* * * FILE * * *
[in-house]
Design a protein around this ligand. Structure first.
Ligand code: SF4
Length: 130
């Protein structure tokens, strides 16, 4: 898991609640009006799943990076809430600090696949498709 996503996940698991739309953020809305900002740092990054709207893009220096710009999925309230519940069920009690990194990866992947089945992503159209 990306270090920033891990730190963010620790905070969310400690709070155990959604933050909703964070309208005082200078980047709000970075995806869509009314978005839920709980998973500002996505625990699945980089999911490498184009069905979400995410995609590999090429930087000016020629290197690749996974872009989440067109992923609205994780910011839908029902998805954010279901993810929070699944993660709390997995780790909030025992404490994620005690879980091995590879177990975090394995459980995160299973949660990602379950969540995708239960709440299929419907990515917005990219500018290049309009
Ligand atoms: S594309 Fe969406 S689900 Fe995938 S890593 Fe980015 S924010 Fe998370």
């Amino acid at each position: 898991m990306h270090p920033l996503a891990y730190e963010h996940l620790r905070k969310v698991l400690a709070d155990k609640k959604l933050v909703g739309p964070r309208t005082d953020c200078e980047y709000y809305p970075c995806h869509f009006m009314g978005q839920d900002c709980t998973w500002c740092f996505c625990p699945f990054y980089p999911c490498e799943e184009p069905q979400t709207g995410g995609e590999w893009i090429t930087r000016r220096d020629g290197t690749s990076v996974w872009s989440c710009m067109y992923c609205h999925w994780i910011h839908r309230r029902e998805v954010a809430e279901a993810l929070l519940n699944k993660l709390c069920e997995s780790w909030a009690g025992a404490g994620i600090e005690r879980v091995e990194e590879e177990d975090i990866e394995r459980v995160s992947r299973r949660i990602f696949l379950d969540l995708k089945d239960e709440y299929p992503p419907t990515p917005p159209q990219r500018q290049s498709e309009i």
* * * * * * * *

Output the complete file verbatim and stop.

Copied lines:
[in-house]
Design a protein around this ligand. Structure first.
Ligand code: SF4
Length: 130
């Protein structure tokens, strides 16, 4: 898991609640009006799943990076809430600090696949498709 996503996940698991739309953020809305900002740092990054709207893009220096710009999925309230519940069920009690990194990866992947089945992503159209 990306270090920033891990730190963010620790905070969310400690709070155990959604933050909703964070309208005082200078980047709000970075995806869509009314978005839920709980998973500002996505625990699945980089999911490498184009069905979400995410995609590999090429930087000016020629290197690749996974872009989440067109992923609205994780910011839908029902998805954010279901993810929070699944993660709390997995780790909030025992404490994620005690879980091995590879177990975090394995459980995160299973949660990602379950969540995708239960709440299929419907990515917005990219500018290049309009
Ligand atoms: S594309 Fe969406 S689900 Fe995938 S890593 Fe980015 S924010 Fe998370």
């Amino acid at each position: 898991m990306h270090p920033l996503a891990y730190e963010h996940l620790r905070k969310v698991l400690a709070d155990k609640k959604l933050v909703g739309p964070r309208t005082d953020c200078e980047y709000y809305p970075c995806h869509f009006m009314g978005q839920d900002c709980t998973w500002c740092f996505c625990p699945f990054y980089p999911c490498e799943e184009p069905q979400t709207g995410g995609e590999w893009i090429t930087r000016r220096d020629g290197t690749s990076v996974w872009s989440c710009m067109y992923c609205h999925w994780i910011h839908r309230r029902e998805v954010a809430e279901a993810l929070l519940n699944k993660l709390c069920e997995s780790w909030a009690g025992a404490g994620i600090e005690r879980v091995e990194e590879e177990d975090i990866e394995r459980v995160s992947r299973r949660i990602f696949l379950d969540l995708k089945d239960e709440y299929p992503p419907t990515p917005p159209q990219r500018q290049s498709e309009i």